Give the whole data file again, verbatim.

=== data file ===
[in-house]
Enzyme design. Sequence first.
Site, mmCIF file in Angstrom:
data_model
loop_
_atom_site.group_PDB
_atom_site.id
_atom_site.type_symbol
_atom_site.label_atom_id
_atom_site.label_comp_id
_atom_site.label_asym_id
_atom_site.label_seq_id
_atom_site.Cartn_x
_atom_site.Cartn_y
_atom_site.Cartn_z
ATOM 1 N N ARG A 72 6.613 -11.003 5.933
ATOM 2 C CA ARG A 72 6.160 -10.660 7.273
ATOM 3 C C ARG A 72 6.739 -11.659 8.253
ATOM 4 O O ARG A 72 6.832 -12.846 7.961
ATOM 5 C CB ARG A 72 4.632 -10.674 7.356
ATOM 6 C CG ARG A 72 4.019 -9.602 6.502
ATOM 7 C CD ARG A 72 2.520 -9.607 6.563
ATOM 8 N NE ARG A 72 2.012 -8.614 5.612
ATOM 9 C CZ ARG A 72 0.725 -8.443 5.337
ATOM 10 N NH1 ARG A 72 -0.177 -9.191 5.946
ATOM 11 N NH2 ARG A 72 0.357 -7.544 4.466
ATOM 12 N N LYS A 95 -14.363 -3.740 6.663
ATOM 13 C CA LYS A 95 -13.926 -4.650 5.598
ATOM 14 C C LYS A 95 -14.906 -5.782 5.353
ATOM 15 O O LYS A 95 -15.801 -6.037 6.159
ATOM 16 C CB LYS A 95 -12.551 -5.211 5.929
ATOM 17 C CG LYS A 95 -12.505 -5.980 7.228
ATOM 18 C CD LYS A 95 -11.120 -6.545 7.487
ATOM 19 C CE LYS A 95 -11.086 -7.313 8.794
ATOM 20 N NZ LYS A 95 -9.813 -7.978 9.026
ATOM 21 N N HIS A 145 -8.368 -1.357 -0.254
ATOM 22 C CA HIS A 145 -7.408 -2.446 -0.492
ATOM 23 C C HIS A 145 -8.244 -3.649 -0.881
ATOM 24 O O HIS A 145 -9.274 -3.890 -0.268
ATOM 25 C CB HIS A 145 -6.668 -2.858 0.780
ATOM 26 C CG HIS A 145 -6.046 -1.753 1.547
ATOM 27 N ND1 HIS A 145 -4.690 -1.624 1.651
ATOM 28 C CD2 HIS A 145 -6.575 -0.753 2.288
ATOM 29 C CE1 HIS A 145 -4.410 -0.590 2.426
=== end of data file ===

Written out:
[in-house]
Enzyme design. Sequence first.
Site, mmCIF file in Angstrom:
data_model
loop_
_atom_site.group_PDB
_atom_site.id
_atom_site.type_symbol
_atom_site.label_atom_id
_atom_site.label_comp_id
_atom_site.label_asym_id
_atom_site.label_seq_id
_atom_site.Cartn_x
_atom_site.Cartn_y
_atom_site.Cartn_z
ATOM 1 N N ARG A 72 6.613 -11.003 5.933
ATOM 2 C CA ARG A 72 6.160 -10.660 7.273
ATOM 3 C C ARG A 72 6.739 -11.659 8.253
ATOM 4 O O ARG A 72 6.832 -12.846 7.961
ATOM 5 C CB ARG A 72 4.632 -10.674 7.356
ATOM 6 C CG ARG A 72 4.019 -9.602 6.502
ATOM 7 C CD ARG A 72 2.520 -9.607 6.563
ATOM 8 N NE ARG A 72 2.012 -8.614 5.612
ATOM 9 C CZ ARG A 72 0.725 -8.443 5.337
ATOM 10 N NH1 ARG A 72 -0.177 -9.191 5.946
ATOM 11 N NH2 ARG A 72 0.357 -7.544 4.466
ATOM 12 N N LYS A 95 -14.363 -3.740 6.663
ATOM 13 C CA LYS A 95 -13.926 -4.650 5.598
ATOM 14 C C LYS A 95 -14.906 -5.782 5.353
ATOM 15 O O LYS A 95 -15.801 -6.037 6.159
ATOM 16 C CB LYS A 95 -12.551 -5.211 5.929
ATOM 17 C CG LYS A 95 -12.505 -5.980 7.228
ATOM 18 C CD LYS A 95 -11.120 -6.545 7.487
ATOM 19 C CE LYS A 95 -11.086 -7.313 8.794
ATOM 20 N NZ LYS A 95 -9.813 -7.978 9.026
ATOM 21 N N HIS A 145 -8.368 -1.357 -0.254
ATOM 22 C CA HIS A 145 -7.408 -2.446 -0.492
ATOM 23 C C HIS A 145 -8.244 -3.649 -0.881
ATOM 24 O O HIS A 145 -9.274 -3.890 -0.268
ATOM 25 C CB HIS A 145 -6.668 -2.858 0.780
ATOM 26 C CG HIS A 145 -6.046 -1.753 1.547
ATOM 27 N ND1 HIS A 145 -4.690 -1.624 1.651
ATOM 28 C CD2 HIS A 145 -6.575 -0.753 2.288
ATOM 29 C CE1 HIS A 145 -4.410 -0.590 2.426